BY JIM DOOLEY – To address a “crisis” in backlogged elevator safety inspections, the state plans to increase inspection fees to hire new, better-paid inspectors from the private sector, state Labor and Industrial Relations Department Director Dwight Takamine said today.
Some 4,000 elevators around the state are overdue for safety inspections and Takamine said the state plans to address the situation by setting up a special fund initially financed with a $1 million loan.
That money will be used to hire and train six new inspectors from the private sector, where salaries generally run twice as high as in government work, Takamine said.
Salaries for state inspectors are in the range of $40,000, said Takamine.
“$45,000 might be on the high side,” he said, adding that private workers receive “almost double” that.
Legislation proposing increased inspection fees and establishment of the special fund will be introduced by the administration next week, he said.
He did not discuss the proposed new fee schedule but said he has discussed the matter with private property owners and other affected parties who initially appear amenable to the increases.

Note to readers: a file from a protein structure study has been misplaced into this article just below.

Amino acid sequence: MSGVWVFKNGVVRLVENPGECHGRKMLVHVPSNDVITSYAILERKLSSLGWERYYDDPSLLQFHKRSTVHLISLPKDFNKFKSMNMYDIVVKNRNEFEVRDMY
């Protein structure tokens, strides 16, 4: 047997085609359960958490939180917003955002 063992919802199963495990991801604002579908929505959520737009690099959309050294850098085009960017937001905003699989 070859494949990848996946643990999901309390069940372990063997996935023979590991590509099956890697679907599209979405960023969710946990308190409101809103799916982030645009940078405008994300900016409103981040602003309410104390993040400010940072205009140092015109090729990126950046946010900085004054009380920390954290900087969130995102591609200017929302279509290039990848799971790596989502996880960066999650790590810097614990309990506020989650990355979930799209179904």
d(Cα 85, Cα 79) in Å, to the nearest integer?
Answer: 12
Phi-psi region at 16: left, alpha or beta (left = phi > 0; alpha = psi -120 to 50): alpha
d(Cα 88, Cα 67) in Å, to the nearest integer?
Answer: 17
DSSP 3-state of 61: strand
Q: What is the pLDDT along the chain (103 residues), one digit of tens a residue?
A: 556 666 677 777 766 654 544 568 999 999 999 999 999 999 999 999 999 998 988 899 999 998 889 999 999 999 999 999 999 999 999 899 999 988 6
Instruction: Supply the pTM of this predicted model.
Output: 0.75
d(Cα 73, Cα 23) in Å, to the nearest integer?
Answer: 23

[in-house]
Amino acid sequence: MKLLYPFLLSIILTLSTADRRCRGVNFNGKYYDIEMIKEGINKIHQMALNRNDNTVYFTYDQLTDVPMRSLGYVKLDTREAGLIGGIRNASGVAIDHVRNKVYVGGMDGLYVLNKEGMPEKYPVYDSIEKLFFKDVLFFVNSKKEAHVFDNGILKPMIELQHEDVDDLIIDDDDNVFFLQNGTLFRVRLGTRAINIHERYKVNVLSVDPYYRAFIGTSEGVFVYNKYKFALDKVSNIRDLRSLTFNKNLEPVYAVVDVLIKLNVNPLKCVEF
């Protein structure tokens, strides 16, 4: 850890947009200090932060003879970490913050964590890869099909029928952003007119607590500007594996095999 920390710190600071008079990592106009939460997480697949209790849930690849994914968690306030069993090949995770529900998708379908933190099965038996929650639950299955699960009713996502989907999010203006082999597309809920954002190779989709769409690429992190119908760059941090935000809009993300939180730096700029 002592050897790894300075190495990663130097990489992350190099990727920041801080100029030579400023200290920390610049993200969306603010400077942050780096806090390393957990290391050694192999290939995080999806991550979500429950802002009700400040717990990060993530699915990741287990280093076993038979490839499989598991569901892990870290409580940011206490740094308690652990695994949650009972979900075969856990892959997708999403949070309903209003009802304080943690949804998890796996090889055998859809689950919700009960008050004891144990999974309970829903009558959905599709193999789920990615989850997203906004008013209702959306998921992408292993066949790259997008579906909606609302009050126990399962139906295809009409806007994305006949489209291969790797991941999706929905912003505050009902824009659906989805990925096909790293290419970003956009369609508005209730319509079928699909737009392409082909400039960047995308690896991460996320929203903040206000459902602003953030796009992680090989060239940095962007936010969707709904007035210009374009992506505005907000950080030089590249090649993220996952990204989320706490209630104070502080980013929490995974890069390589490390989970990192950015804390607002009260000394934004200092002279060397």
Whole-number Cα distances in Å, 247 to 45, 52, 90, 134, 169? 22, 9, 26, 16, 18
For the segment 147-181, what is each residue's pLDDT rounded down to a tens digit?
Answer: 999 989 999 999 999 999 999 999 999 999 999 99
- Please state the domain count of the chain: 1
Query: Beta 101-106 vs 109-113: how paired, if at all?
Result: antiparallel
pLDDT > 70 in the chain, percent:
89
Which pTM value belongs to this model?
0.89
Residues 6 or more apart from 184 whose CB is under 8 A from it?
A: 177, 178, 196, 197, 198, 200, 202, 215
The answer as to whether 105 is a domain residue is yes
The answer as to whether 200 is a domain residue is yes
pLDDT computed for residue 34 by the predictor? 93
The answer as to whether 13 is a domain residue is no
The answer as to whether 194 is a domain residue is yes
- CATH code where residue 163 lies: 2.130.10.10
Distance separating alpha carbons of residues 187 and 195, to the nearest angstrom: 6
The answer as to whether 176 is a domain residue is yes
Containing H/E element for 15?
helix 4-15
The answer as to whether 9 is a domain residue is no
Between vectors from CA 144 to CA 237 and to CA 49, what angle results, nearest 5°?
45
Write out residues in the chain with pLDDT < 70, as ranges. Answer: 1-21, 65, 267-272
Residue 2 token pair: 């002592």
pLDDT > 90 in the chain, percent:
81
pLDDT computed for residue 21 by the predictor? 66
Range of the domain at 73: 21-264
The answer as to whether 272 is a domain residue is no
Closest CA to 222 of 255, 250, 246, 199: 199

Inspection fees have not been raised for 13 years.
There hasn’t been an elevator-related fatality here since 1992 and virtually all public and private elevator systems are serviced by repair and maintenance companies.
But the state inspections are meant to assure the safety of public and private elevator cars and are mandated by state law.
The inability of the state to perform inspections in new buildings can halt construction projects, adding economic dislocation to safety concerns, Takamine said.
Even if the state plan is adopted, hiring and certification of new inspectors couldn’t begin begin until mid-year, Takamine added.
Then it could take another “six months or so” before new inspectors “are actually out in the field to start doing the additional inspections.”